The global commercial real estate firm CBRE is teaming with the owner of the 1818 Market St. office tower on two stories of shared space at the Center City high-rise that would compete with the likes of WeWork.
The 50,000-square-foot coworking space, which is set to open during the last three months of 2020, is the seventh to be announced under CBRE’s Hana brand of collaborative offices and will be its first to open in the Northeastern United States.
CBRE began rolling out its Hana-branded spaces nearly a year ago as a way to partner on flexible-space ventures with landlords seeking a bigger piece of the shared-office market. Control of the space now mostly goes to traditional coworking operators.
Hana locations have since opened in Dallas and London, with additional ones planned in areas including Irvine, Calif., and Arlington, Va. The Philadelphia space will be operated in a venture with Shorenstein Properties, the San Francisco-based owner of the 37-story 1818 Market building.
Hana chief executive Andrew Kupiec said Monday that the brand was drawn to Philadelphia by the city’s growing commercial activity. But the main enticement was the opportunity to collaborate with Shorenstein, which has a nationwide portfolio of high-end office buildings where Hana hopes to open locations.
“We’ve looked at this as an opportunity to get in early and work with Shorenstein and expand in their portfolio,” Kupiec said.
Central Philadelphia has about 1.3 million square feet of shared office space, led by WeWork with 194,000 square feet in five locations, according to data from the real estate services firm JLL. But that represents only about 1% of the city’s total office inventory, a far smaller proportion than most other big markets.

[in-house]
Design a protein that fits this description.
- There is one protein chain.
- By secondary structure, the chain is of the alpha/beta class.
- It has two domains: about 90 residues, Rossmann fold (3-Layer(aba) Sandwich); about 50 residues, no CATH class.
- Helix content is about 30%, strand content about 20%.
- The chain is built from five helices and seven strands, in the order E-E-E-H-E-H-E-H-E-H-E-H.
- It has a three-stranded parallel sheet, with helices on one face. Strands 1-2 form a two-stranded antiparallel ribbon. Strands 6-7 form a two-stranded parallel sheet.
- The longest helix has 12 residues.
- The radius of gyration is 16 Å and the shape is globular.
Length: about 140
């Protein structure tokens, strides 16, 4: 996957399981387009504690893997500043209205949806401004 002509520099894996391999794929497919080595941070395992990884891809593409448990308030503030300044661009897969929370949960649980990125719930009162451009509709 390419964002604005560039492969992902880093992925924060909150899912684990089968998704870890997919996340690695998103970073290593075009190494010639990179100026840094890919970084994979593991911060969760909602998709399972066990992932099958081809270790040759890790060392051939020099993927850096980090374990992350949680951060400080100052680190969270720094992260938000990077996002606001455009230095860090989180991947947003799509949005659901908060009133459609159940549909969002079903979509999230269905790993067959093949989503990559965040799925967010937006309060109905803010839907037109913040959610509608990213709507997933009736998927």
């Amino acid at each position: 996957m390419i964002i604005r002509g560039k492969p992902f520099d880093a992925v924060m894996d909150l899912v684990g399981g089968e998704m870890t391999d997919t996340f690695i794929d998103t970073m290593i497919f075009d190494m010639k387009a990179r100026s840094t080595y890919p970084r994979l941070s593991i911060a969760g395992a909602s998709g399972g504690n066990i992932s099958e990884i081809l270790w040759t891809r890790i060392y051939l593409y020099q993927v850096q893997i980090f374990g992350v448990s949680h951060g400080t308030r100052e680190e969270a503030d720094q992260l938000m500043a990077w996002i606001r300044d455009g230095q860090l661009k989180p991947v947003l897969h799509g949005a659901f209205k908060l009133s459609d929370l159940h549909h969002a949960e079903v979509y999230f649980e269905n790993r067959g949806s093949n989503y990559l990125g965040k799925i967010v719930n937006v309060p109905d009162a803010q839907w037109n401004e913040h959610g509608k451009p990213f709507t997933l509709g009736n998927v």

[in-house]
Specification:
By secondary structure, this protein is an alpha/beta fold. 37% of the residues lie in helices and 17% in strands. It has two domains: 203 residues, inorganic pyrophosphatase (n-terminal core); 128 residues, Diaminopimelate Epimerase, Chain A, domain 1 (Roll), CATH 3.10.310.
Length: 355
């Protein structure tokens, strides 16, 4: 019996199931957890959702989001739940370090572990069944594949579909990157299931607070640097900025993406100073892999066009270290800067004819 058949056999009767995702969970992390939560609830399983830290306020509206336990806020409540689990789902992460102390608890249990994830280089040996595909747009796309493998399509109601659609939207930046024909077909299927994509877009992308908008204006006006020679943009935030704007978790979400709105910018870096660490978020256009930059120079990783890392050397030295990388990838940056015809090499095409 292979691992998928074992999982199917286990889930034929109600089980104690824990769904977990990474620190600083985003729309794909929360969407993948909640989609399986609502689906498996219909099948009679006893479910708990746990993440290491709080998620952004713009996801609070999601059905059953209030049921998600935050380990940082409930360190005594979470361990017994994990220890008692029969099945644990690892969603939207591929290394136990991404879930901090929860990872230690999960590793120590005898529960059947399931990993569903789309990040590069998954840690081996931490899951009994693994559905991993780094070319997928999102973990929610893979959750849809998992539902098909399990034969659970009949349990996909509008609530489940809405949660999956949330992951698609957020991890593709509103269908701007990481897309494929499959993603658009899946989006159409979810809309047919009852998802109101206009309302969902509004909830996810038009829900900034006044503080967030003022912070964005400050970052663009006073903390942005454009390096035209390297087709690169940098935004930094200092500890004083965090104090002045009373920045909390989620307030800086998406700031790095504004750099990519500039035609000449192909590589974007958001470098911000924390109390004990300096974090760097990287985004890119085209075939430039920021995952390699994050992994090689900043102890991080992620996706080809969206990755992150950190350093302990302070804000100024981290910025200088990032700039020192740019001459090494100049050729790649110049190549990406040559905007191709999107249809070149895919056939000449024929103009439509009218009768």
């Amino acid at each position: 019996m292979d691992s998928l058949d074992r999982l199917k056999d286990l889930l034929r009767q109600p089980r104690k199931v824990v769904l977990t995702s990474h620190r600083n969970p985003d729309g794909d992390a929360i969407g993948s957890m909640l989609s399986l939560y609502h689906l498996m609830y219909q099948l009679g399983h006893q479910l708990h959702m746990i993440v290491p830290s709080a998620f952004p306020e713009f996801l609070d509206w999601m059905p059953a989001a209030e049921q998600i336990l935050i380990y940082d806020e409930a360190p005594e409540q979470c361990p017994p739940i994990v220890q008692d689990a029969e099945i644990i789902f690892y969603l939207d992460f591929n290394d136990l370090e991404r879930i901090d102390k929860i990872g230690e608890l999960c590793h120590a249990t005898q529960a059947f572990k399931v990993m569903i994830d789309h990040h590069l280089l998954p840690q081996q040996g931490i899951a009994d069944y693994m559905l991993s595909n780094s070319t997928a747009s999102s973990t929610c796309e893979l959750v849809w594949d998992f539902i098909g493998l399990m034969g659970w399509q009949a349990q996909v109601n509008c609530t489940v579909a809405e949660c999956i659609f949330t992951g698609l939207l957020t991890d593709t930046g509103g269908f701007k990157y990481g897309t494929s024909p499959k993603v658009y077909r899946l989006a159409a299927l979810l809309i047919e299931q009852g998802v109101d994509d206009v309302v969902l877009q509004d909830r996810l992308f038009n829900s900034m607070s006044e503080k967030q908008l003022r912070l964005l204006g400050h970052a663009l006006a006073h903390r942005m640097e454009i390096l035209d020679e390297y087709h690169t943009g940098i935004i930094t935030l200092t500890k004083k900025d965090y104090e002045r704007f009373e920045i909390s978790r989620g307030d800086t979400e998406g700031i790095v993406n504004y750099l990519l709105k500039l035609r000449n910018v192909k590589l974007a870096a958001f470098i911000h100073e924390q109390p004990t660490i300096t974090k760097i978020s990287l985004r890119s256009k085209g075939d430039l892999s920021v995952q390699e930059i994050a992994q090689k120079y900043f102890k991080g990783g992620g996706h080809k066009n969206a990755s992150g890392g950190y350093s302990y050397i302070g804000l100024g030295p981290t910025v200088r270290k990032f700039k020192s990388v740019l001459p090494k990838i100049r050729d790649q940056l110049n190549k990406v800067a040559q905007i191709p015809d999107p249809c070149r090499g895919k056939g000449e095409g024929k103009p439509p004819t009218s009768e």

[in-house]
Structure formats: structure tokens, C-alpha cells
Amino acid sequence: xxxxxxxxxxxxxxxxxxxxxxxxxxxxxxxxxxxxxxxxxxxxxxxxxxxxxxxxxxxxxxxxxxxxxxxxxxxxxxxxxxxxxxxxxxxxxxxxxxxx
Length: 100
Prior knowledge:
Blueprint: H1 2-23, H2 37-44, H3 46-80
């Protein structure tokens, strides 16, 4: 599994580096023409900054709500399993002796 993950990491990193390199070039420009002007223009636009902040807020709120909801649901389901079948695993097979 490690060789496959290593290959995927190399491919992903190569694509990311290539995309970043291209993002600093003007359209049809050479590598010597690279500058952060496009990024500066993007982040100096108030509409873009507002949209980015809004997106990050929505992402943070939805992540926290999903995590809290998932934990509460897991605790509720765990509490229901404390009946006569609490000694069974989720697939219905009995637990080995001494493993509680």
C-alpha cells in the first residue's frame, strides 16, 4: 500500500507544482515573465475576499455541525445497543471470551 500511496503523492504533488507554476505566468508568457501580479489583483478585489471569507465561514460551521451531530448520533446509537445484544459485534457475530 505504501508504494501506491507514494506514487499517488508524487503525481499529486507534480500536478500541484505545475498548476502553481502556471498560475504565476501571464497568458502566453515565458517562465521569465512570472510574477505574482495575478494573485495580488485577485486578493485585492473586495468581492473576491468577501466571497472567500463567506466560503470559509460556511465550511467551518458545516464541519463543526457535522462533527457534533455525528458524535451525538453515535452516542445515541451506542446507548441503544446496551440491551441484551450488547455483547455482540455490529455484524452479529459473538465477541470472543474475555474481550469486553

Lauren Gilchrist, JLL’s head of research for the Philadelphia region, said there’s enough demand in the city for “quality office space, available on demand” to sustain additional growth.
Most of Philadelphia’s existing coworking inventory, however, follows a subleasing model, where operators fit out space they rent from landlords, so they can offer it to short-term tenants at marked-up rates.
Hana, by contrast, teams with landlords on coworking spaces within their buildings, which Kupiec characterized as “a more secure, overall more transparent model" that keeps property owners actively engaged with short-term tenants.
Alex Snyder, who analyzes coworking businesses at CenterSquare Investment Management in Plymouth Meeting, said Hana’s deals with office landlords seem analogous to agreements that are common between hospitality chains such as Hilton and hotel property owners. In those deals, hotel chains offer their branding and management services to owners in exchange for a fee.
This type of arrangement could be more favorable to office landlords than traditional coworking leases, since it lets owners claim a share of profits from shared office space in their buildings, rather than a set monthly rent, Snyder said.
“This much more closely aligns the interests of the landlord and the coworking provider,” he said. “You get a share of the upside.”
Another variation on the traditional coworking model in Philadelphia is offered by San Francisco-based LiquidSpace, which operates an online marketplace that allows landlords to list available office space to short-term tenants.
Philadelphia’s biggest office landlord, Brandywine Realty Trust, meanwhile, offers flexible office and meeting space under the brand name Bex in three of its buildings, in Center City, Radnor, and northern Virginia. Tenants in any of Brandywine’s dozens of properties have access to the space.
Mark Portner, managing director for Shorenstein’s Eastern U.S. investments, declined to discuss its partnership arrangement with Hana and would not contrast its approach with that of traditional coworking operators.
But he said he expects the 1818 Market offering to benefit from CBRE’s understanding of the market as one of the nation’s dominant commercial brokerages.